I joined the Territorials when I was 20 years old. A privileged kid from east Auckland with a weird German last name, I was assigned a bunk on day one of basic training. On my left, a 40-year old Māori man from the East Cape. On my right, a 28-year old Taiwanese born lawyer. Opposite me, a 17-year old kid from rural Southland.
For two months we lived and worked together. We learnt to look past the things that separated us. Our age, ethnicity and upbringing became secondary to a shared identity. It was proof that as people, we’re at our best when we choose to take responsibility for each other.
There’s a list of shared experiences that are supposed to make us Kiwi — the AB’s, jandals on the beach, a hāngi. But amongst all the gumboot Kiwiana, we find ourselves sliding into factions. Iwi-Kiwi politics, social media bubbles, low social mobility, the rural-urban divide.
When household income in Auckland is comparable to Finland, but Northland is on par with East Timor, we need to accept that the ‘Kiwi way of life’ means fundamentally different things to different people.
This isn’t an article about inequality or welfare reform. It’s an acknowledgment that we increasingly live a blinkered life, blind to the people and places that don’t fit our definition of being Kiwi. It offers a solution, a way to weave a stronger social fabric where all Kiwis — brown, white, rich, poor, city or country — are compelled to look each other in the eye and take responsibility for one another.
We felt it after the Christchurch terrorist attack. That no matter what comes our way, we’re stronger if we face it together. Through collective grief, we’ve been reminded of the power that we so often overlook in today’s individualistic society; the power of us.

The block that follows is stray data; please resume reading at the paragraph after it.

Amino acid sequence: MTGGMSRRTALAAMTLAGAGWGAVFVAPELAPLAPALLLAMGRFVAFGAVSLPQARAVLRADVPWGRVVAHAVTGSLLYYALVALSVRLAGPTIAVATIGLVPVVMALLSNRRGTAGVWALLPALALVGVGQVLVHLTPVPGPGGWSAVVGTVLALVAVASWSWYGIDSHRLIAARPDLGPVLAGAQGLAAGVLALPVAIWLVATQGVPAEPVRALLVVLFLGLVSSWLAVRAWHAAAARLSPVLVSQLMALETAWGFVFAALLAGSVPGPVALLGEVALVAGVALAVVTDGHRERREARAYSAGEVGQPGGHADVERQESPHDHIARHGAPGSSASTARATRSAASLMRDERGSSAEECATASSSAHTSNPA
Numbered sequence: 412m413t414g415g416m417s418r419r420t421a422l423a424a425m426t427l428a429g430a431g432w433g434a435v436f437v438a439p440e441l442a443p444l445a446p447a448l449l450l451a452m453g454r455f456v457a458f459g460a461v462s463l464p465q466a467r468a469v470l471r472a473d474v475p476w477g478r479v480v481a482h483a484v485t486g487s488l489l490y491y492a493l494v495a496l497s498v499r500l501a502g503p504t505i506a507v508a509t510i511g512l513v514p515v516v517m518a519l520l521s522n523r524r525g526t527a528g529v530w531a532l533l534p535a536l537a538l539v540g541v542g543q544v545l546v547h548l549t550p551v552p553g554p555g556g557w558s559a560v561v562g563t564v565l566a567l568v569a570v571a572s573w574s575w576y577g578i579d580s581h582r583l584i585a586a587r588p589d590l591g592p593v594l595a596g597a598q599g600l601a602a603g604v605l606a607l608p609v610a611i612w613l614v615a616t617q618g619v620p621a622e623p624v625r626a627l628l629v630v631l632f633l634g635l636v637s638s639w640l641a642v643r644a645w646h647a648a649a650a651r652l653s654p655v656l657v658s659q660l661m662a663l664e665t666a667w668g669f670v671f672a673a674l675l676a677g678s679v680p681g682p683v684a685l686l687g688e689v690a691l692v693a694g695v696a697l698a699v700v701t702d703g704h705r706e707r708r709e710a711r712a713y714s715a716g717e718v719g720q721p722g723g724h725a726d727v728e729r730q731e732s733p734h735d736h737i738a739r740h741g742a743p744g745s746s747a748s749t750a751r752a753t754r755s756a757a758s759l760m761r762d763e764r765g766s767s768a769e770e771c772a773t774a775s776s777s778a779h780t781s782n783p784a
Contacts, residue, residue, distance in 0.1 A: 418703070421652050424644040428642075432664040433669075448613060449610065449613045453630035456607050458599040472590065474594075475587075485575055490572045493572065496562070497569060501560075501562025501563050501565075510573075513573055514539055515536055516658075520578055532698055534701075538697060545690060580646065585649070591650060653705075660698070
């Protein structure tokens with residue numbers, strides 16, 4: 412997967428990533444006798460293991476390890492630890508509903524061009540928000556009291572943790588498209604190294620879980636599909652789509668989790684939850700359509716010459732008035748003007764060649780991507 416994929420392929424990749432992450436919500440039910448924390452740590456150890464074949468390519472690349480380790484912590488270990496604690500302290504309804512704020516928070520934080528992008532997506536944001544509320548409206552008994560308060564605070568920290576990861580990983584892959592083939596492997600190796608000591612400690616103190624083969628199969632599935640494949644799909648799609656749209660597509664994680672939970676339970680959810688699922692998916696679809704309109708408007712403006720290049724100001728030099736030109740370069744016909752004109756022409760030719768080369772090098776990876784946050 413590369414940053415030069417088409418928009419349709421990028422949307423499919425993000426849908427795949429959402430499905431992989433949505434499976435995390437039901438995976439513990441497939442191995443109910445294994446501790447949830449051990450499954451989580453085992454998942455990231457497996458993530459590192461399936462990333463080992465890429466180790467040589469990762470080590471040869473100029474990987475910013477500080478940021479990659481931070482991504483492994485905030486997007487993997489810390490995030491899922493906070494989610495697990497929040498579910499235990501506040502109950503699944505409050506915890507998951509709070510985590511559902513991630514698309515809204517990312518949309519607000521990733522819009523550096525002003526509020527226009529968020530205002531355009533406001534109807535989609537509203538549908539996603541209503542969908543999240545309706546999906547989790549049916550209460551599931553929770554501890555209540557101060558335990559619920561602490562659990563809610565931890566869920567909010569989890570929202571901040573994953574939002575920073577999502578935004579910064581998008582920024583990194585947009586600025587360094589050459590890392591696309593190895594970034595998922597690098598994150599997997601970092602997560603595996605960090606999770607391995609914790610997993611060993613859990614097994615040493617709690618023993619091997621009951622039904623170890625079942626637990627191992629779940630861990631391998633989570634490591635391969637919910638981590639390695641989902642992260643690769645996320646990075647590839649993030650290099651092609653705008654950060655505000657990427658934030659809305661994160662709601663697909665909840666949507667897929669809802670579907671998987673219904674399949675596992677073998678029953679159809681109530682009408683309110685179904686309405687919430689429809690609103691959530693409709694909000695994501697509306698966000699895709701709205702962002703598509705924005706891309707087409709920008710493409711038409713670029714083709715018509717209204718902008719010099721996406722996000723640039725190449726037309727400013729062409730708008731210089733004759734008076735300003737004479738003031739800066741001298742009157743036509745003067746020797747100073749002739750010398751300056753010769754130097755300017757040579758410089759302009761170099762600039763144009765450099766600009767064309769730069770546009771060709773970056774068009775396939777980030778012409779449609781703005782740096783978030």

Our challenge now is to have the courage to tread boldly and enact policy that builds on the bonds between us.
To start, let’s look outwards at two examples of proactive, social cohesion policymaking.
Singapore was born at the nexus of empires and is an ethnic mix of Chinese, Malay and Indian. It declared independence in a time of domestic terrorism and violent race riots. Recognising that ethnic divisions would cripple the fledgling republic, Singapore enacted two crucial policies to bind its population together; compulsory military service and ethnic quotas for state-built housing. Over the years, the housing policy broke up the ethnic enclaves and literally brought factions together. The current deputy prime minster describes it as being about “the everyday experiences. It’s walking the corridors with your neighbours, its kids growing up together in the playgrounds…. But it doesn’t come about by accident”.